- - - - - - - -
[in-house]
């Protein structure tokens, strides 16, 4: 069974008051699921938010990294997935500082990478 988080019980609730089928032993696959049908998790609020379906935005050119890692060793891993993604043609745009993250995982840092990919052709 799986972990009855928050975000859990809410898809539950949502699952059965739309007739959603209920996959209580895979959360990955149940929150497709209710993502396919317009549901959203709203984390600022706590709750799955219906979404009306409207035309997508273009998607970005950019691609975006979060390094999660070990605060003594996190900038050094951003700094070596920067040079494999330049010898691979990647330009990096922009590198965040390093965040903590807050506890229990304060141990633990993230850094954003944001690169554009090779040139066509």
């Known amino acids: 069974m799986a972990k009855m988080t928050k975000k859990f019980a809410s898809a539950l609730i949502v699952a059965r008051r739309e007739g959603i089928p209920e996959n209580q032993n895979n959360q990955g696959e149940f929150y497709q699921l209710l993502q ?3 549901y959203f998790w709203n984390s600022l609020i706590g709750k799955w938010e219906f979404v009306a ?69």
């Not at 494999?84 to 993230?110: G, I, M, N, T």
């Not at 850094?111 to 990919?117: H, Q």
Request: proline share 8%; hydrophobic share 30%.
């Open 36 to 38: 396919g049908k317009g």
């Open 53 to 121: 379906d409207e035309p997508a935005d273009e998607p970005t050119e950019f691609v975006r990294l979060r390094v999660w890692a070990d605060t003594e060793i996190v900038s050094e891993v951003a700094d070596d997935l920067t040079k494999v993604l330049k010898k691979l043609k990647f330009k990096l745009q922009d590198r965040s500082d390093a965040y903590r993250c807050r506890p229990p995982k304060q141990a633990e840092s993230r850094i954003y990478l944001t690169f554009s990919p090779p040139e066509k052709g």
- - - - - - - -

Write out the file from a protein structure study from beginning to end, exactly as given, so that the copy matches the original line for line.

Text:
[in-house]
């Protein structure tokens, strides 16, 4: 069974008051699921938010990294997935500082990478 988080019980609730089928032993696959049908998790609020379906935005050119890692060793891993993604043609745009993250995982840092990919052709 799986972990009855928050975000859990809410898809539950949502699952059965739309007739959603209920996959209580895979959360990955149940929150497709209710993502396919317009549901959203709203984390600022706590709750799955219906979404009306409207035309997508273009998607970005950019691609975006979060390094999660070990605060003594996190900038050094951003700094070596920067040079494999330049010898691979990647330009990096922009590198965040390093965040903590807050506890229990304060141990633990993230850094954003944001690169554009090779040139066509």
């Known amino acids: 069974m799986a972990k009855m988080t928050k975000k859990f019980a809410s898809a539950l609730i949502v699952a059965r008051r739309e007739g959603i089928p209920e996959n209580q032993n895979n959360q990955g696959e149940f929150y497709q699921l209710l993502q ?3 549901y959203f998790w709203n984390s600022l609020i706590g709750k799955w938010e219906f979404v009306a ?69």
């Not at 494999?84 to 993230?110: G, I, M, N, T």
């Not at 850094?111 to 990919?117: H, Q």
Request: proline share 8%; hydrophobic share 30%.
């Open 36 to 38: 396919g049908k317009g």
């Open 53 to 121: 379906d409207e035309p997508a935005d273009e998607p970005t050119e950019f691609v975006r990294l979060r390094v999660w890692a070990d605060t003594e060793i996190v900038s050094e891993v951003a700094d070596d997935l920067t040079k494999v993604l330049k010898k691979l043609k990647f330009k990096l745009q922009d590198r965040s500082d390093a965040y903590r993250c807050r506890p229990p995982k304060q141990a633990e840092s993230r850094i954003y990478l944001t690169f554009s990919p090779p040139e066509k052709g």